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5th and later accent beauty beauty's breast Capell cheeks Collatine conceit conjectures corrected by Malone Cymb dead death doth Dowden Earl of Southampton early eds edition face fair fair lords false fault fear fire flower following eds foul gentle Gildon give grief hast hate hath heart heaven honour kiss later eds Lear Lettsom lips live look love's Lover's Complaint Lucrece lust Macb Malone compares Malone quotes marjoram never night Noble Kinsmen noun painted pale Passionate Pilgrim pity poem poet poor praise printed proud quarto quoth Rape of Lucrece rhyme Rich rival poet Schmidt Sewell Sextus Tarquinius Shakespeare Shakspere Shakspere's shame sight Sonn Sonnets sorrow spirit Steevens sweet Tarquin tears thee things thou art thought thyself Time's tongue true truth Venus and Adonis verse weep William Shakespeare wilt words youth
Page 62 - And moan the expense of many a vanish'd sight : Then can I grieve at grievances foregone, And heavily from woe to woe tell o'er The sad account of fore-bemoaned moan, Which I new pay as if not paid before. But if the while I think on thee, dear friend, All losses are restored and sorrows end.
Page 105 - Let me not to the marriage of true minds Admit impediments. Love is not love Which alters when it alteration finds, Or bends with the remover to remove: O, no ! it is an ever-fixed mark, That looks on tempests and is never shaken; It is the star to every wandering bark, Whose worth's unknown, although his height be taken. Love's not Time's fool, though rosy lips and cheeks Within his bending sickle's compass come; Love alters not with his brief hours and weeks, But bears it out even to the edge of...
Page 20 - DURING the first year that Mr. Wordsworth and I were neighbours, our conversations turned frequently on the two cardinal points of poetry, the power of exciting the sympathy of the reader by a faithful adherence to the truth of nature, and the power of giving the interest of novelty by the modifying colours of imagination.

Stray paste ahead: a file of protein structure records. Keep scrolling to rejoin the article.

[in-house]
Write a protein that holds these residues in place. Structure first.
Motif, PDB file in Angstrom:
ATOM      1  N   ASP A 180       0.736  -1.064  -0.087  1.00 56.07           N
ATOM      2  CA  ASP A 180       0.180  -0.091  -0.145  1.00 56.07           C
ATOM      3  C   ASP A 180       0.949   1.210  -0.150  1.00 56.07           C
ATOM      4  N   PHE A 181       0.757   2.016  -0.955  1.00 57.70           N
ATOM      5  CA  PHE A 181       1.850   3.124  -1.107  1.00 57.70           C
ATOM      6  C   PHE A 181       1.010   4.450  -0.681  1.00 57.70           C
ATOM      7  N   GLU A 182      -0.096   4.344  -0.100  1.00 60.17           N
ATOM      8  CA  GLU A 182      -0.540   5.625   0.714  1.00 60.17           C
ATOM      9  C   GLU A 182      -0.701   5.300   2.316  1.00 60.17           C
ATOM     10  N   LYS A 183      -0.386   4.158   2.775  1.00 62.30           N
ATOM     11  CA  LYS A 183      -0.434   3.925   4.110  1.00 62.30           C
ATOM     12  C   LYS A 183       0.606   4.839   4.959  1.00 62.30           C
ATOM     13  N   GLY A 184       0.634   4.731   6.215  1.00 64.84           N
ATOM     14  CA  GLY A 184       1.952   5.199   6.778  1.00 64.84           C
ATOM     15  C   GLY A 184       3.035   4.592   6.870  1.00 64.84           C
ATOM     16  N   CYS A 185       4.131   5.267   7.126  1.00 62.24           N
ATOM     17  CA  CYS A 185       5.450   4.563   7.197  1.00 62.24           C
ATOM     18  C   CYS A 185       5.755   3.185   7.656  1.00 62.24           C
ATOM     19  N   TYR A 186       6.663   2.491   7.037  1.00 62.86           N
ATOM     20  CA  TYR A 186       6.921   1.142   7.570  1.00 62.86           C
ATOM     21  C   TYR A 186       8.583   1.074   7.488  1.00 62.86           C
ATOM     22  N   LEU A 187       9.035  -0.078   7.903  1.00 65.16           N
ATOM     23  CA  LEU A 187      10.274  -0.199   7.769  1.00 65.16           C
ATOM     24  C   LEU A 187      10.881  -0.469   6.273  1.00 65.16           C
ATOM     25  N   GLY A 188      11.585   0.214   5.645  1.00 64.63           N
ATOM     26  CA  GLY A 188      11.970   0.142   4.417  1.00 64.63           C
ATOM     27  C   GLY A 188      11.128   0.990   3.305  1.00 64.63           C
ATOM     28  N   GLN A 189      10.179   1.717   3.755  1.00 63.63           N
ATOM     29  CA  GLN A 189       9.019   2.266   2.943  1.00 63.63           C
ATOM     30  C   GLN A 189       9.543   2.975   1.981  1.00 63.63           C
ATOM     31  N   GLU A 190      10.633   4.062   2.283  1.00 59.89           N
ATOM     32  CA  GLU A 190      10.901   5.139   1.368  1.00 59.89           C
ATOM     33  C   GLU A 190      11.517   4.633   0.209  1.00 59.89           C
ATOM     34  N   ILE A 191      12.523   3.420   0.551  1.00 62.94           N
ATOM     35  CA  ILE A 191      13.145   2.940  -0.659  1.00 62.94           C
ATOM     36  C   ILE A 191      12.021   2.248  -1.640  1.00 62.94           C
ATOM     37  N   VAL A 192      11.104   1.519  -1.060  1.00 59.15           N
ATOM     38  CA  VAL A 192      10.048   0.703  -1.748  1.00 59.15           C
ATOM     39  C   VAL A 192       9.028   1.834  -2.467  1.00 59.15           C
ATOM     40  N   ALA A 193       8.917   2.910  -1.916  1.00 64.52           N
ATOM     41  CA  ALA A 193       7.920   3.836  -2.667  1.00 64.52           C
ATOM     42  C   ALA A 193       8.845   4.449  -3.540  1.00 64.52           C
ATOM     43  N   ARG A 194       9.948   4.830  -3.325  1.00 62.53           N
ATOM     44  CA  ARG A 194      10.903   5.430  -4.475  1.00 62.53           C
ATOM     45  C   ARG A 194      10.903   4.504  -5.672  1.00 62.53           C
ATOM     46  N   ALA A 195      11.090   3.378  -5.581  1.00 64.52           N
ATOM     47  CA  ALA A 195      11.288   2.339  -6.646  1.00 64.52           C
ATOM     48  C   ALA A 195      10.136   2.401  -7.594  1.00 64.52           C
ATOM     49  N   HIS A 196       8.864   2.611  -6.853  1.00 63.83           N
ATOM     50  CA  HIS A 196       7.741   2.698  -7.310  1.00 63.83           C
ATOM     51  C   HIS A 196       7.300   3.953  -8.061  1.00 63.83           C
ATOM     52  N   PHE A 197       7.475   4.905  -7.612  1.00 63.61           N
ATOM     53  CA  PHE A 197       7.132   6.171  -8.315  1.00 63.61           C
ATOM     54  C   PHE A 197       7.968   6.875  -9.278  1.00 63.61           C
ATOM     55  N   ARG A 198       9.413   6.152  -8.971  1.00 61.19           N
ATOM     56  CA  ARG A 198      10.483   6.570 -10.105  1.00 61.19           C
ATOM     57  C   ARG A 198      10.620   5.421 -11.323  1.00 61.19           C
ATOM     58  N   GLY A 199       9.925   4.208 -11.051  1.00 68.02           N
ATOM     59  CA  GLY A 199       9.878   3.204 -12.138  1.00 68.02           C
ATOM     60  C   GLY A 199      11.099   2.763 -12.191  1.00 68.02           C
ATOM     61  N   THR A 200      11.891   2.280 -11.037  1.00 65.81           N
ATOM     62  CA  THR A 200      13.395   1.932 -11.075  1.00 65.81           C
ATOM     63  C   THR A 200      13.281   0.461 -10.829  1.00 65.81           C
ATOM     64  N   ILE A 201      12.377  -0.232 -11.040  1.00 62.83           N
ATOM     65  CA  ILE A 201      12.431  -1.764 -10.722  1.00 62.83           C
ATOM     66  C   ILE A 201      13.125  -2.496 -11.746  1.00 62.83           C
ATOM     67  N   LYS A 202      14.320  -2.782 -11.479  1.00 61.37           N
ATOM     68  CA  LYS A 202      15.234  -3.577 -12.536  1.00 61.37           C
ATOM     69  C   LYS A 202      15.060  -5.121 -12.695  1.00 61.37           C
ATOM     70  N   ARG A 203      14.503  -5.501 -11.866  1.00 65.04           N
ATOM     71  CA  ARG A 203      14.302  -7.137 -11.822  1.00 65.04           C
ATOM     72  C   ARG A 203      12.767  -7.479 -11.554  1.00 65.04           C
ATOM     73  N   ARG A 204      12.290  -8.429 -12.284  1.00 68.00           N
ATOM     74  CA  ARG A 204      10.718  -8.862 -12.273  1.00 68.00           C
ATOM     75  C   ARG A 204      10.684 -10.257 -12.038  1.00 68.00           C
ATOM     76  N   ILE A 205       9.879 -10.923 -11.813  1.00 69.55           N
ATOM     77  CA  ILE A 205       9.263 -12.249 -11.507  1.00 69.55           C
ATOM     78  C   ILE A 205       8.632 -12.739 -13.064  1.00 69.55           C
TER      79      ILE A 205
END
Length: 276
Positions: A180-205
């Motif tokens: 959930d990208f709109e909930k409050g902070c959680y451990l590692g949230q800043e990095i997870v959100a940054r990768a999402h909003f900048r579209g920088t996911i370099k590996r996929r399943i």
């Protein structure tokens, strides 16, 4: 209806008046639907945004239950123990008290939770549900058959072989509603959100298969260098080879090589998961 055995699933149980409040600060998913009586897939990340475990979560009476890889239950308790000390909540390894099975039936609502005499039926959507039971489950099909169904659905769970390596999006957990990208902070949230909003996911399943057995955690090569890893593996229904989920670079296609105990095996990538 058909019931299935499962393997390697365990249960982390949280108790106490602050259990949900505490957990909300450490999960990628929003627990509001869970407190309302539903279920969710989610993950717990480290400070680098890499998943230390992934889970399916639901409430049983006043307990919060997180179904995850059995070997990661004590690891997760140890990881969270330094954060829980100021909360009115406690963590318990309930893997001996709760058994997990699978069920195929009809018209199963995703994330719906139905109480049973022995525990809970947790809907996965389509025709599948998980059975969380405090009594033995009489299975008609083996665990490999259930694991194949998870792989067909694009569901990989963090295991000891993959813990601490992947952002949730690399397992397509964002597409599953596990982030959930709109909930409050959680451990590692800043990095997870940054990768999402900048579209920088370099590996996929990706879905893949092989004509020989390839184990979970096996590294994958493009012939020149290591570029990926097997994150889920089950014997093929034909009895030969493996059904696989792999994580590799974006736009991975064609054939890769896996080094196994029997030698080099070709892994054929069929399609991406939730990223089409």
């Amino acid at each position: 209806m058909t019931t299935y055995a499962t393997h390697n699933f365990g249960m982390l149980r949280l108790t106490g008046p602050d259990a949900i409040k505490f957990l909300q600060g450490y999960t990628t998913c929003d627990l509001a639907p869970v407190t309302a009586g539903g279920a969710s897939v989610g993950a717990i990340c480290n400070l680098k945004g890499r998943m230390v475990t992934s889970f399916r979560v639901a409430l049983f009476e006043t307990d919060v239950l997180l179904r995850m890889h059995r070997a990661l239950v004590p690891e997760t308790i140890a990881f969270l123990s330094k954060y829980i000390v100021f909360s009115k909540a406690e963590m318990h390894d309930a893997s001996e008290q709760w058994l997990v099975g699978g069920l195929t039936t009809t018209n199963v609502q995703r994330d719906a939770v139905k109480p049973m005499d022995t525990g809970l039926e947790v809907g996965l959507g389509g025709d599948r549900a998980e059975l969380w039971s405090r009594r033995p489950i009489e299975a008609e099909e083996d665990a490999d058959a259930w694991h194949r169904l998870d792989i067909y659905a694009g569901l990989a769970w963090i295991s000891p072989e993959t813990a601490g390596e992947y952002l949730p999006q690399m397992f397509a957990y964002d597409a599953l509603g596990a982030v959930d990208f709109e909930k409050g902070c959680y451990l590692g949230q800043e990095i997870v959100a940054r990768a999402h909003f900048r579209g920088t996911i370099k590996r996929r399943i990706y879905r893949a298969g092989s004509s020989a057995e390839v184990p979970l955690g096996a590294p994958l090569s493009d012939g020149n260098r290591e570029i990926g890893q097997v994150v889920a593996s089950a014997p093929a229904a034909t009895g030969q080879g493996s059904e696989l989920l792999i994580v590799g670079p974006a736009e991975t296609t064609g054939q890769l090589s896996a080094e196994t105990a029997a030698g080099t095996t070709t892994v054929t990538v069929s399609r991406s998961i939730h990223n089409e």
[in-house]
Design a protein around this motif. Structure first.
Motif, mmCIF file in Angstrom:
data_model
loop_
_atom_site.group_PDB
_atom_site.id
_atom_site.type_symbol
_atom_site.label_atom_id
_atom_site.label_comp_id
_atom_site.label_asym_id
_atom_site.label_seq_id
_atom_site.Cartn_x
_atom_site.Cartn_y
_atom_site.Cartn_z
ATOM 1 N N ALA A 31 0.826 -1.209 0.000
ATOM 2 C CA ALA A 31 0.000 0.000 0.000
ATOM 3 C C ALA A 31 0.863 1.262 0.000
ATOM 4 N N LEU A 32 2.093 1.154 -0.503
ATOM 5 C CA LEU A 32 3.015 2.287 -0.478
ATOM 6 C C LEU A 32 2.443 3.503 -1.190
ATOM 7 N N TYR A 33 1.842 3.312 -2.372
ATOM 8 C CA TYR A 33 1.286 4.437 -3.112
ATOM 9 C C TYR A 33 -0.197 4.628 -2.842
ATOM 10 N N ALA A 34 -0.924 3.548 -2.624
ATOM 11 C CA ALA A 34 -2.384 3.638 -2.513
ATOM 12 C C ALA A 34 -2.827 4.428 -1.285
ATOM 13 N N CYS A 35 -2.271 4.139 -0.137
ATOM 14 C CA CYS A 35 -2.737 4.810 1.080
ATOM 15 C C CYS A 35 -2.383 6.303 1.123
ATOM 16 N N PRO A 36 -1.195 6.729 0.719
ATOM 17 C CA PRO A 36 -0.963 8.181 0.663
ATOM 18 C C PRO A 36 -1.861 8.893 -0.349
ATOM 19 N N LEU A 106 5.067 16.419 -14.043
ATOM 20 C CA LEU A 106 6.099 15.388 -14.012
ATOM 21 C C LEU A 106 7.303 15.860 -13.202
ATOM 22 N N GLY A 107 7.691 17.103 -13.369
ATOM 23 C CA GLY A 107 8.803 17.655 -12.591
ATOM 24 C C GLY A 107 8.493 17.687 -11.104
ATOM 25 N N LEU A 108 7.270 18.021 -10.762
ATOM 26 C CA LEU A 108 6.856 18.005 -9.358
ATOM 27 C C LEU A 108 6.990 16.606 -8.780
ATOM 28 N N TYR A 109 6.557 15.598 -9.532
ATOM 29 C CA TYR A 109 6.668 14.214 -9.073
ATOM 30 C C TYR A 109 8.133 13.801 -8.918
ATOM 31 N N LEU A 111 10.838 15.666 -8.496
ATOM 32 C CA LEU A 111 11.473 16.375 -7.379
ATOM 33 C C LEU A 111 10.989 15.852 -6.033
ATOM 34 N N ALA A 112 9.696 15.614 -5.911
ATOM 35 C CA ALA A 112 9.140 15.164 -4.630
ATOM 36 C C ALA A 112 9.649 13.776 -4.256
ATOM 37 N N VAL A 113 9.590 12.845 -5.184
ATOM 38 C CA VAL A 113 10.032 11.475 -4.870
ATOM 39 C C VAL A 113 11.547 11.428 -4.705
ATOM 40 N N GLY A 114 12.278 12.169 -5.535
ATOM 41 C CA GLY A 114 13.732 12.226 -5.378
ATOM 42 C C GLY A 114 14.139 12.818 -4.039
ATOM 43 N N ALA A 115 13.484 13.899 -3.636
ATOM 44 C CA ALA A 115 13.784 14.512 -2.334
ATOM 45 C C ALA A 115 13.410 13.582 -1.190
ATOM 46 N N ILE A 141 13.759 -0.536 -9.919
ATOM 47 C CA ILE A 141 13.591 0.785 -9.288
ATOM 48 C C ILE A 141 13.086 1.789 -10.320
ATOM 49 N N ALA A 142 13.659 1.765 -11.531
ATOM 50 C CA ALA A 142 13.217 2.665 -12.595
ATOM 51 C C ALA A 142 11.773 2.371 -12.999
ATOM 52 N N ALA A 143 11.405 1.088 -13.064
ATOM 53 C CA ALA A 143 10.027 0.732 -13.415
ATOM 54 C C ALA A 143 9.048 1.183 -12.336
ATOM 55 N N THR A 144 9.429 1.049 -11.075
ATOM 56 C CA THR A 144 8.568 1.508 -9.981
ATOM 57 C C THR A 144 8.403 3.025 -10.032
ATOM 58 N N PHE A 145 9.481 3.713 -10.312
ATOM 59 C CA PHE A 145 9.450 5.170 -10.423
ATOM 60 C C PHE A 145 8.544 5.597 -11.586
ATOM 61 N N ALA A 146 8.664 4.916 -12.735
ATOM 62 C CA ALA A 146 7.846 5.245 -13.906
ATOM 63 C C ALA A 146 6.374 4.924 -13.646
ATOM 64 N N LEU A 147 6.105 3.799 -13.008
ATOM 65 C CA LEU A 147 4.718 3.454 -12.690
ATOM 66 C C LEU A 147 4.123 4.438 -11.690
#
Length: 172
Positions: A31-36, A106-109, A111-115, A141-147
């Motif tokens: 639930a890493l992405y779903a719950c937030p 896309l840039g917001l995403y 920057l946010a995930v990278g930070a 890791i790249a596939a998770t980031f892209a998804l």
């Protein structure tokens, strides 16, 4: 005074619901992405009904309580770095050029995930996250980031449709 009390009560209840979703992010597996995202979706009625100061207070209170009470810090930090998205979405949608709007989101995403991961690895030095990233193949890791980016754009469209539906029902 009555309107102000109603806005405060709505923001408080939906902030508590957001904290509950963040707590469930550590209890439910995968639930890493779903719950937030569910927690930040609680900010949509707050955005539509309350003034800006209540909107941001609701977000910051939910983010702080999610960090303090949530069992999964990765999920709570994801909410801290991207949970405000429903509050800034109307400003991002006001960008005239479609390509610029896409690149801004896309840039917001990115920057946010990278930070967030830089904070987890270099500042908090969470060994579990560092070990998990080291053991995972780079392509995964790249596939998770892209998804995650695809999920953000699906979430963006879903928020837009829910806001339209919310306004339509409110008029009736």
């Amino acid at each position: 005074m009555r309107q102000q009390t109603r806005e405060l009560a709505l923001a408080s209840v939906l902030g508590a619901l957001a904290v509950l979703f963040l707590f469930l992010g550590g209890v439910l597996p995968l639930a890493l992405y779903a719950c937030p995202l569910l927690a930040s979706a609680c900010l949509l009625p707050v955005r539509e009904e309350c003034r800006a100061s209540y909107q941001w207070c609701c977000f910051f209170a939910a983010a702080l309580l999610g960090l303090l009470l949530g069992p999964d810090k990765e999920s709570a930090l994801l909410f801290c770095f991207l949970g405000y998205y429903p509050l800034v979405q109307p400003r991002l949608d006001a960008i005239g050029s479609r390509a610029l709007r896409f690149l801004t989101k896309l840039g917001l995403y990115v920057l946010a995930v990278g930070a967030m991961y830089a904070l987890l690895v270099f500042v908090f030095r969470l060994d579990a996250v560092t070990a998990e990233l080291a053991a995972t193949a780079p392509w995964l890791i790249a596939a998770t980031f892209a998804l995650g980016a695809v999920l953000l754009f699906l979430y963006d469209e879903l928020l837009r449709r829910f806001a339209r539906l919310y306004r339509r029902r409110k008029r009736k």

Page 73 - So am I as the rich, whose blessed key Can bring him to his sweet up-locked treasure, The which he will not every hour survey, For blunting the fine point of seldom pleasure. Therefore are feasts so solemn and so rare, Since, seldom coming, in the long year set, Like stones of worth they thinly placed are, Or captain jewels in the carcanet.
Page 111 - To kiss the tender inward of thy hand, Whilst my poor lips, which should that harvest reap, At the wood's boldness by thee blushing stand To be so tickled, they would change their state And situation with those dancing chips, O'er whom thy fingers walk with gentle gait, Making dead wood more blest than living lips. Since saucy jacks so happy are in this, Give them thy fingers, me thy lips to kiss.
Page 207 - Every thing did banish moan, Save the nightingale alone : She, poor bird, as all forlorn, Lean'd her breast up-till a thorn, And there sung the dolefull'st ditty, That to hear it was great pity : 'Fie, fie, fie...
Page 82 - The warrant I have of your honourable disposition, not the worth of my untutored lines, makes it assured of acceptance. What I have done is yours ; what I have to do is yours ; being part in all I have, devoted yours.
Page 96 - The forward violet thus did I chide: Sweet thief, whence didst thou steal thy sweet that smells, If not from my love's breath ? The purple pride Which on thy soft cheek for complexion dwells In my love's veins thou hast too grossly dyed.
Page 77 - gainst his glory fight, And Time that gave doth now his gift confound. Time doth transfix the flourish set on youth And delves the parallels in beauty's brow, Feeds on the rarities of nature's truth, And nothing stands but for his scythe to mow; And yet to times in hope...
Page 22 - For there his smell with others being mingled, The hot scent-snuffing hounds are driven to doubt, Ceasing their clamorous cry till they have singled With much ado the cold fault cleanly out; Then do they spend their mouths. Echo replies, As if another chase were in the skies. "By this, poor Wat, far off upon a hill, Stands on his hinder legs with listening ear, To hearken if his foes pursue him still. Anon their loud alarums he doth hear; And now his grief may be compared well To one sore sick that...